The EU does wish to supplement or even rival NATO, and does wish to work towards a European army, navy and airforce.
In their defence paper in July 2015 they called for “EU owned dual use capabilities and a proposal to explore how capability needs could best be fulfilled by assets directly purchased, owned and operated by the Union”. They have not got there fully yet, but the direction of travel is clear.
In the meantime The EU has created a naval force in the Mediteranean to pick up economic migrants and asylum seekers exposed to dangers at sea. It also has another naval force tackling piracy off the Horn of Africa.
The EU began by pooling iron and steel manufacture, then the sinews of war. It has moved on to some joint defence procurement, and to the creation of a defence and aerospace industry crossing frontiers to make member states interdependent in the production of weaponry.
The EU has created an EU defence force, with a rapid response army and a common command headquarters. The Eurocorps, called “a force for the EU” has a “permanent operational multinational structure capable of being deployed at very short notice” with up to 65,000 troops. At the core of it is a joint Franco German force. It has seen action in Bosnia, Kosovo and twice in Afghanistan. So far it has usually worked through NATO.
The UK has been wary of this emerging force, but has nonetheless gone along with various collaborative projects, especially with the French. The UK has also joined in various joint weapons and aircraft programmes. UK Ministers often have to argue against further EU involvement or control of military matters. Meanwhile our security is guaranteed by our own forces and by our membership of NATO. It is noteworthy that we belong to Five Eyes, the enduring and successful intelligence gathering and sharing alliance with the USA, Canada, Australia and New Zealand out side the EU.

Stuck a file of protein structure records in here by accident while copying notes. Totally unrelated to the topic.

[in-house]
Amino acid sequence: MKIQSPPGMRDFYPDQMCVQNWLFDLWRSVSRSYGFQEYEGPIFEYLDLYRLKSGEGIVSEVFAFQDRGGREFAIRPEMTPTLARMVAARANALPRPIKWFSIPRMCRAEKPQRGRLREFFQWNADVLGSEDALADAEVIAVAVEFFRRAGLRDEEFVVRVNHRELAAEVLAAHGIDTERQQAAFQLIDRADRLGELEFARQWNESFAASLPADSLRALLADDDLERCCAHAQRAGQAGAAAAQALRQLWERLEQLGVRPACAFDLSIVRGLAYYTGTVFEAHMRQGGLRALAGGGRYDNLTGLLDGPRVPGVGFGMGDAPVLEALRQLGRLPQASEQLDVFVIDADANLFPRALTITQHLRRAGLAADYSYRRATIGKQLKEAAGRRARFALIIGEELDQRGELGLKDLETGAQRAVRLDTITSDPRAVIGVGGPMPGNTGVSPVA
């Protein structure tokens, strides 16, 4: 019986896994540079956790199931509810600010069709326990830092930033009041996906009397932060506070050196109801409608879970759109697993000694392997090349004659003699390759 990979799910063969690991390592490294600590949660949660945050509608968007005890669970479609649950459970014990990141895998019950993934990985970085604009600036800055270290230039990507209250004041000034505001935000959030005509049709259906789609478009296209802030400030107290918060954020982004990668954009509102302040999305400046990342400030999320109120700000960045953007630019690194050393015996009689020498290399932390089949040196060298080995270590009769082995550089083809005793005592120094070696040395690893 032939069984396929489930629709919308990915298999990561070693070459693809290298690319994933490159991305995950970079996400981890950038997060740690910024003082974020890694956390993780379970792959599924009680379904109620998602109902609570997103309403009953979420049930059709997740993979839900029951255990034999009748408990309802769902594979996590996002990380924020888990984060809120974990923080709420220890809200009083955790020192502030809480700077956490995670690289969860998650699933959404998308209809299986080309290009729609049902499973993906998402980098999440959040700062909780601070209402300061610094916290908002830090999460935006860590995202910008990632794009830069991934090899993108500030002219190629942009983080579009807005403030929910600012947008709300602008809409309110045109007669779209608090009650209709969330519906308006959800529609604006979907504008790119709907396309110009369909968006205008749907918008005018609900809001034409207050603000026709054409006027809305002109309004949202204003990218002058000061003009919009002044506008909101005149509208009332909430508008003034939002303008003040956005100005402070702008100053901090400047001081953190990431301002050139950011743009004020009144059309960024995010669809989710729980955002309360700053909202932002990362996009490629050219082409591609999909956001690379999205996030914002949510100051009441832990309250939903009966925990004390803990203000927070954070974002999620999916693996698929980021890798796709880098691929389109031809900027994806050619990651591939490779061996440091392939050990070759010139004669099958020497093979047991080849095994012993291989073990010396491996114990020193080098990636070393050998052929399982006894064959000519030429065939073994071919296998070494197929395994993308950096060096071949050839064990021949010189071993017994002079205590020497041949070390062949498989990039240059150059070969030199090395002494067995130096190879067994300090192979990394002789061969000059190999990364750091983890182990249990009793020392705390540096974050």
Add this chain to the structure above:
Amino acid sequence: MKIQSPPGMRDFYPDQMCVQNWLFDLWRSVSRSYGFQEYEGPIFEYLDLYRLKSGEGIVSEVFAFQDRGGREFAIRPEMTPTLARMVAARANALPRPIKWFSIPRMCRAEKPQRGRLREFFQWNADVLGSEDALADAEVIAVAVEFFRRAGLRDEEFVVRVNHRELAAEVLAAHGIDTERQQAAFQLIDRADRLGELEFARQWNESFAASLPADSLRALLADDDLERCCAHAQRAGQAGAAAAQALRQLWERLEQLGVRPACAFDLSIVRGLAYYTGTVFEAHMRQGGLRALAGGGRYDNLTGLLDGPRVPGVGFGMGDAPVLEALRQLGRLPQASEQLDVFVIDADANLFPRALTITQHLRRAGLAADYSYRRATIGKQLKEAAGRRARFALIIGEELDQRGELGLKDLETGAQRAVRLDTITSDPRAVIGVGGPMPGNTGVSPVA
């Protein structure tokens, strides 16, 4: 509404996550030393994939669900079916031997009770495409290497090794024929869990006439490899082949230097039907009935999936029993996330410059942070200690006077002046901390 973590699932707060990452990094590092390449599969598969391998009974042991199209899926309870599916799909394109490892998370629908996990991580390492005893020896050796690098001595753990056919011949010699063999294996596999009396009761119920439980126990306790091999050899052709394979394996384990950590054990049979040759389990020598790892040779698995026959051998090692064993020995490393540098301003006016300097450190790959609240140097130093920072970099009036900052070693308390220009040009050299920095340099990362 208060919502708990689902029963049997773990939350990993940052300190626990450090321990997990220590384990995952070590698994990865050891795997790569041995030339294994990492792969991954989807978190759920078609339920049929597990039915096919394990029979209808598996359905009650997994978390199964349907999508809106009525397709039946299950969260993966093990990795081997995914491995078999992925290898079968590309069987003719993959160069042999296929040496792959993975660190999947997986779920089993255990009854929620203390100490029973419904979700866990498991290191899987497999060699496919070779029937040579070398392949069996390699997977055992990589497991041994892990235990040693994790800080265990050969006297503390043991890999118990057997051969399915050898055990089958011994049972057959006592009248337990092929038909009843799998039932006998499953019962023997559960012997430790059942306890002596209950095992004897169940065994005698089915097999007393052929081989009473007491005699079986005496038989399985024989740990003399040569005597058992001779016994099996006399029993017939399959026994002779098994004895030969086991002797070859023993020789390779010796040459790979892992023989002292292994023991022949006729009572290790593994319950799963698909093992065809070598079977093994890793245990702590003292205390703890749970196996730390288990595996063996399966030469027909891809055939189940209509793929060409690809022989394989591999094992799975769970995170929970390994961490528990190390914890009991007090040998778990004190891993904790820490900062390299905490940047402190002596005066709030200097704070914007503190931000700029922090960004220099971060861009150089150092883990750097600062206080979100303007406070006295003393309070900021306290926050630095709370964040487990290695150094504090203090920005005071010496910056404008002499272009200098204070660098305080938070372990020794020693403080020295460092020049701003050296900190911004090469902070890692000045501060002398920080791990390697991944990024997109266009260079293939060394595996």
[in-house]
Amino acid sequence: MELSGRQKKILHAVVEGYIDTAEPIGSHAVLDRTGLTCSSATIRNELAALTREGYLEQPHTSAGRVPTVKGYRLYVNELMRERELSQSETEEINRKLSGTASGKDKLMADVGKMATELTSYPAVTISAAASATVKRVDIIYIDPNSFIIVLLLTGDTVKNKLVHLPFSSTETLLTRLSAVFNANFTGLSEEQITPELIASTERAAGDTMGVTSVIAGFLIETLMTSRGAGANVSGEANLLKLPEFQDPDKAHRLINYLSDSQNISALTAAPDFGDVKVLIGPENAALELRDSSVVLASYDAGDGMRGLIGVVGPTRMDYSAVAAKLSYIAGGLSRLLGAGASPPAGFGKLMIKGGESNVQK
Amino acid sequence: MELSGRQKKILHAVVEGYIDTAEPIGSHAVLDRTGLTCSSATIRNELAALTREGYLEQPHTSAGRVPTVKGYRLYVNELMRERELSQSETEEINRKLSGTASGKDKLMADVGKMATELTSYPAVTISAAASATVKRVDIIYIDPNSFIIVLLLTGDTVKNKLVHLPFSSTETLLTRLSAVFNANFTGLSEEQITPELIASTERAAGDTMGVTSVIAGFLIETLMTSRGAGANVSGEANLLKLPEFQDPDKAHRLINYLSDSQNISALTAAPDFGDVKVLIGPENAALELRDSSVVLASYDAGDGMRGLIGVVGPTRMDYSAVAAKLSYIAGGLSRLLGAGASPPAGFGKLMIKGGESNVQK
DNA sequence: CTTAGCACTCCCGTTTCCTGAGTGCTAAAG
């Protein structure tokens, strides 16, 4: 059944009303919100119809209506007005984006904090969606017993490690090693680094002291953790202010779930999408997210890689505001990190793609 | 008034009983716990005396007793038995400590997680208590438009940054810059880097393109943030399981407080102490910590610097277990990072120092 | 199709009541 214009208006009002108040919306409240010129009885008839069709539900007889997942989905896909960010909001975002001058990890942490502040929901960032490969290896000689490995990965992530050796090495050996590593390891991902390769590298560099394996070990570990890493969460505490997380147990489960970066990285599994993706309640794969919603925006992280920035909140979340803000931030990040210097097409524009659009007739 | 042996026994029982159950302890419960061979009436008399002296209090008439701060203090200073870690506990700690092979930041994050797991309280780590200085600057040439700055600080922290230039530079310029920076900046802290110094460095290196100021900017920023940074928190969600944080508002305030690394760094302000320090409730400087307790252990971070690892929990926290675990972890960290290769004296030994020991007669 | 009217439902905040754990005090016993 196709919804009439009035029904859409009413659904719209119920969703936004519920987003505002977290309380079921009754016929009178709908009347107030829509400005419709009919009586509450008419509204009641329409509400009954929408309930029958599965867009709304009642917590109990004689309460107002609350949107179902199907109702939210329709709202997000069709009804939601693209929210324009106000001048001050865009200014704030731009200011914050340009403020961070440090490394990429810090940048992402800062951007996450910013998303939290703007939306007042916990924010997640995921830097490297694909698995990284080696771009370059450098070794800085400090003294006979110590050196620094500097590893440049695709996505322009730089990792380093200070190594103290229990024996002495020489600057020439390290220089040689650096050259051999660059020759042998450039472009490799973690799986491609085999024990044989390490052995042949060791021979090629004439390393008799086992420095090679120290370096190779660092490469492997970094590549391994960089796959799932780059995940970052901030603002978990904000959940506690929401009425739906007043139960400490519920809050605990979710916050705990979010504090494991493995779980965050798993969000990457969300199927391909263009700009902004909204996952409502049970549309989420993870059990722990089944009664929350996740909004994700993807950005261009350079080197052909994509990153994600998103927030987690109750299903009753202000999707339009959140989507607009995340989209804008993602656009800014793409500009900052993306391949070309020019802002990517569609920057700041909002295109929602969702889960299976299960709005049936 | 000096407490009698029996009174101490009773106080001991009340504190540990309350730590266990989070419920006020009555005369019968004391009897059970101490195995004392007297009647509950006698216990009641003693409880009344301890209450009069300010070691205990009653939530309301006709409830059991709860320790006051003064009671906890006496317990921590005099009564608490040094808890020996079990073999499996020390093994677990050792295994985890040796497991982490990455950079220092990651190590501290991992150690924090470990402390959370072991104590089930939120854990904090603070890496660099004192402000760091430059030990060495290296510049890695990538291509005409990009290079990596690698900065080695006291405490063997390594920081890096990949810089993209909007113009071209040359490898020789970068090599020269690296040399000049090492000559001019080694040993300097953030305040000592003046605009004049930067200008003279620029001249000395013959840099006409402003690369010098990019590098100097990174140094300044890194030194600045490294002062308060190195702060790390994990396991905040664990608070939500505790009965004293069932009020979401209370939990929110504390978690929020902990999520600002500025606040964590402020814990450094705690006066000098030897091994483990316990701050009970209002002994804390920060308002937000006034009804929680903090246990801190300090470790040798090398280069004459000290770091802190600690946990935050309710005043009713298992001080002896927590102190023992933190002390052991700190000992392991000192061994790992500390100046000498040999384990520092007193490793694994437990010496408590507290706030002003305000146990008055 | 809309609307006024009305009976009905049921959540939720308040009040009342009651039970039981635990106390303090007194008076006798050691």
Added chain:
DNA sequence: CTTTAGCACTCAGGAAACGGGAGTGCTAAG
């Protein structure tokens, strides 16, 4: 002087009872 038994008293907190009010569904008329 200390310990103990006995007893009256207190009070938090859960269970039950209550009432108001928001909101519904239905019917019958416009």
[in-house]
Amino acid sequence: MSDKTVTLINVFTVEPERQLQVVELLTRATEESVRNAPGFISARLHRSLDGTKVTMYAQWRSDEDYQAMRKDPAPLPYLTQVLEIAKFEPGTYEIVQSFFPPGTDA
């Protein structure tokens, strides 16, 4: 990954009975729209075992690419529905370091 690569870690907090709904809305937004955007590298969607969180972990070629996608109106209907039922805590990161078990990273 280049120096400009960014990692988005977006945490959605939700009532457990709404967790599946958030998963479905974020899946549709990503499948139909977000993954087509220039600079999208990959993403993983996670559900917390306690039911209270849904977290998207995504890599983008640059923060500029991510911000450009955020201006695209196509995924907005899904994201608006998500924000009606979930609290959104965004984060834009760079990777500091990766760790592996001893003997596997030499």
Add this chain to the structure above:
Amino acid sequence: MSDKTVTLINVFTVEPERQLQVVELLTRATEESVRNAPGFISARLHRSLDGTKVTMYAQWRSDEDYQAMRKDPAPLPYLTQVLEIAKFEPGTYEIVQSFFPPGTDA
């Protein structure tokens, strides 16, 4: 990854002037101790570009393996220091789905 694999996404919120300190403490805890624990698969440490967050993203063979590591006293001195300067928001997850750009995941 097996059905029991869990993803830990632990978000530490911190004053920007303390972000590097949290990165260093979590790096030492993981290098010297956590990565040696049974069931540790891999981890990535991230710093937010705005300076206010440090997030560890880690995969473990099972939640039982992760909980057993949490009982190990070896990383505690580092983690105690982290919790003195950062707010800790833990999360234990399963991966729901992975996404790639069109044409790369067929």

The UK wishes to avoid the creation of an EU army and navy directly under the control of the EU where member states have no say in whether to participate or not. The NATO alliance is founded on the principle that each member state decides whether to back a NATO military intervention or not, and if so with how many personnel and with how much weaponry and supplies. The EU has a habit of moving from voluntary co-operation to legal requirements in other areas. The UK is keen to avoid a situation where British troops could be put in danger against the wishes of the UK people and Parliament.
About John Redwood
John Redwood won a free place at Kent College, Canterbury, He graduated from Magdalen College Oxford, has a DPhil and is a fellow of All Souls College. A businessman by background, he has been a director of NM Rothschild merchant bank and chairman of a quoted industrial PLC.
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